Children Taken Seriously in Theory, Policy and Practice
Edited by Jan Mason and Toby Fattore, £22.95
STAR RATING: 4/5
As the title suggests, this is a book not to be taken lightly. It tackles the subject of children and their role in society in a very comprehensive but somewhat theoretical manner. Each chapter explores children’s experiences, participation and influences from a variety of perspectives, writes Gladys Rhodes.
The subjects vary from an analysis of working children and how children experience education, to child protection and children’s lack of influence in politics.
There is very little contribution from children themselves, however. A greater inclusion of children’s own experiences, voices and perspectives might have given the book a more balanced approach and a greater appeal to a wider audience.
The content is valid but the presentation style isn’t particularly accessible or easy to digest in one read.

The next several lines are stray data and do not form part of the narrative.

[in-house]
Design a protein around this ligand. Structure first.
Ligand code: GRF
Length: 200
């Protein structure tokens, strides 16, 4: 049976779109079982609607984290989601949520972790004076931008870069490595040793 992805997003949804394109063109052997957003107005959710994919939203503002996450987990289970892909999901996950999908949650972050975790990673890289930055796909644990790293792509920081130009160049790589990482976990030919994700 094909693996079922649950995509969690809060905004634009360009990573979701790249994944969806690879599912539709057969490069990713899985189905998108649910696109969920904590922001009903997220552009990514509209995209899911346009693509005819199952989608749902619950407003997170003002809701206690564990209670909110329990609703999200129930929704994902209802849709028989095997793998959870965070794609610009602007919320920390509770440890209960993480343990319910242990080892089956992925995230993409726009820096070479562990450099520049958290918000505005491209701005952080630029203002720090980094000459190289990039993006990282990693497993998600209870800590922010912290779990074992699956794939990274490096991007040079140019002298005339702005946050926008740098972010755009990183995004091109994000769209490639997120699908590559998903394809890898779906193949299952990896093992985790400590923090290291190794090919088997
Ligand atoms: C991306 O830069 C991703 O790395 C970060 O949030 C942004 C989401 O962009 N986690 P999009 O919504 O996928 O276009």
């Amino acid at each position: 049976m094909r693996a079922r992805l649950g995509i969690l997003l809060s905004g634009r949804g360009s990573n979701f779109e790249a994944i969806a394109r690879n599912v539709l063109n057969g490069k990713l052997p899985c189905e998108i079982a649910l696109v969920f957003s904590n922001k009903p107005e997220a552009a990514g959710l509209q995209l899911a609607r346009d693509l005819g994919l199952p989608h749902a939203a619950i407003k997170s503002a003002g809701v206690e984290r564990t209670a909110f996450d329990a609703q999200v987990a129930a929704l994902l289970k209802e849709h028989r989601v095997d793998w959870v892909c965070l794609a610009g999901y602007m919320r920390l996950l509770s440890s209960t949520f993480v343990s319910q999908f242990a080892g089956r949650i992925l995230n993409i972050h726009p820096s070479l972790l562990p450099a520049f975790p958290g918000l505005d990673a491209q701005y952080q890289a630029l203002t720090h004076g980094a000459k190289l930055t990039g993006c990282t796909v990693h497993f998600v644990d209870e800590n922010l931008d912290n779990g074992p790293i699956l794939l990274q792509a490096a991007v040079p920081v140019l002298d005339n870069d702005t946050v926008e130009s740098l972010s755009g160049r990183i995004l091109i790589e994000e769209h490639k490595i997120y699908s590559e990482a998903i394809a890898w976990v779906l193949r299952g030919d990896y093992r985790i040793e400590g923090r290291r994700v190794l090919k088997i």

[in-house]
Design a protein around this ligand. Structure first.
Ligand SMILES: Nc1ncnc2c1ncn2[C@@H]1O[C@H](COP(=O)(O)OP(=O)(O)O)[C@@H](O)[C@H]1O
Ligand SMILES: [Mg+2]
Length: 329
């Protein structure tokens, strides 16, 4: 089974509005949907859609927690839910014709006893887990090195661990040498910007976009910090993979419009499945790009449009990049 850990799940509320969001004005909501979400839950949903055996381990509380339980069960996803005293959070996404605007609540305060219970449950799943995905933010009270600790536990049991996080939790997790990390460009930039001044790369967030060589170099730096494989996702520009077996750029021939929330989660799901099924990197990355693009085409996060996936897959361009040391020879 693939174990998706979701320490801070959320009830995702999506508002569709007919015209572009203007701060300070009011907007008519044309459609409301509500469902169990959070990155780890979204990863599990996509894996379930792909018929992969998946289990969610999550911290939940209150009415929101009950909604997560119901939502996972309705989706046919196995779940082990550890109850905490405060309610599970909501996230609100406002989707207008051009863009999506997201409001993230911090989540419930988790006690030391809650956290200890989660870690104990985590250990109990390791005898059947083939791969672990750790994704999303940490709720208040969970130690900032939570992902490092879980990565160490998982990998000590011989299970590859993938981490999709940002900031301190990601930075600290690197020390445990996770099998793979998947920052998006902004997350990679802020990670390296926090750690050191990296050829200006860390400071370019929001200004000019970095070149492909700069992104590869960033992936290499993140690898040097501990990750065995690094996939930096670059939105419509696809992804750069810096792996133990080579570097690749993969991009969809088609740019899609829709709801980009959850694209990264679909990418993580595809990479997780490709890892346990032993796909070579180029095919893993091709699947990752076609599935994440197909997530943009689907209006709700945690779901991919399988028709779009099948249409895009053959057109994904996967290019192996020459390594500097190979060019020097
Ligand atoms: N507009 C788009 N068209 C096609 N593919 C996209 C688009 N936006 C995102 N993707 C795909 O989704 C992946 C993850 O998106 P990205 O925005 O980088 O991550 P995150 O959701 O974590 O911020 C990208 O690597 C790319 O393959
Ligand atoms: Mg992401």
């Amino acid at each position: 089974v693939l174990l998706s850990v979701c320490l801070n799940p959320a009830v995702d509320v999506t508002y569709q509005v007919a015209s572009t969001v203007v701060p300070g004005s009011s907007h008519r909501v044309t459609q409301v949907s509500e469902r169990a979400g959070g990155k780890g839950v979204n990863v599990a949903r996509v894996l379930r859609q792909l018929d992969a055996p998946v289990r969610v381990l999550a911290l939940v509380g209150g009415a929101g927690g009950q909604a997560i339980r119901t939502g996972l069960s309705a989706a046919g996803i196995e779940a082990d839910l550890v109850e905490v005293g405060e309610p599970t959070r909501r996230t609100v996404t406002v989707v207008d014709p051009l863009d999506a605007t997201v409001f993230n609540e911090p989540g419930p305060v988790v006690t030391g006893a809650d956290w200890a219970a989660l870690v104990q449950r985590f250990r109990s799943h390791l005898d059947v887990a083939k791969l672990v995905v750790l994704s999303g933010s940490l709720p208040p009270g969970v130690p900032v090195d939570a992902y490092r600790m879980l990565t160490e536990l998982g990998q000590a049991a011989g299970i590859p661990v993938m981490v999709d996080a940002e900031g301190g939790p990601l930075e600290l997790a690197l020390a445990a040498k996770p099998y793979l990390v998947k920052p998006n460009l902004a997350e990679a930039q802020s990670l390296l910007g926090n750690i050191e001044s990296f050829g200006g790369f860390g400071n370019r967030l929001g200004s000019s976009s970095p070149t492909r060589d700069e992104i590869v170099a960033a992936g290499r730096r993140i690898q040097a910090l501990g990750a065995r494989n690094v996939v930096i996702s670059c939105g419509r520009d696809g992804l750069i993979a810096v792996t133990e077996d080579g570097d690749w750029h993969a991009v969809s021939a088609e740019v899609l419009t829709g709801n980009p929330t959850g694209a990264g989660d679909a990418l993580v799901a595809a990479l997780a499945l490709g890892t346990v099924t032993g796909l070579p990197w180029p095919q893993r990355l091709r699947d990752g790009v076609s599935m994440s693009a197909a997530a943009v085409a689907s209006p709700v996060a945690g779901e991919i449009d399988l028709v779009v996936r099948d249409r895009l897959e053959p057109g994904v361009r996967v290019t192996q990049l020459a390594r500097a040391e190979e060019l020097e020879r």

This is not a book that would maintain the interest of your average teacher, social worker or child-care professional as a spot of light reading. It would, however, be very useful as a resource for reference or study purposes.
The book has a complex blend of theoretical perspectives that may appeal to anyone working in children’s rights services or in a research or policy role.
There is a wealth of information devoted to the consideration of children as important beings, visible in their own right. This is really the strength of the book and, while the style is quite heavy, the content is topical and extremely worthwhile.
Gladys Rhodes is head of the early years excellence children’s trust at Blackburn with Darwen Council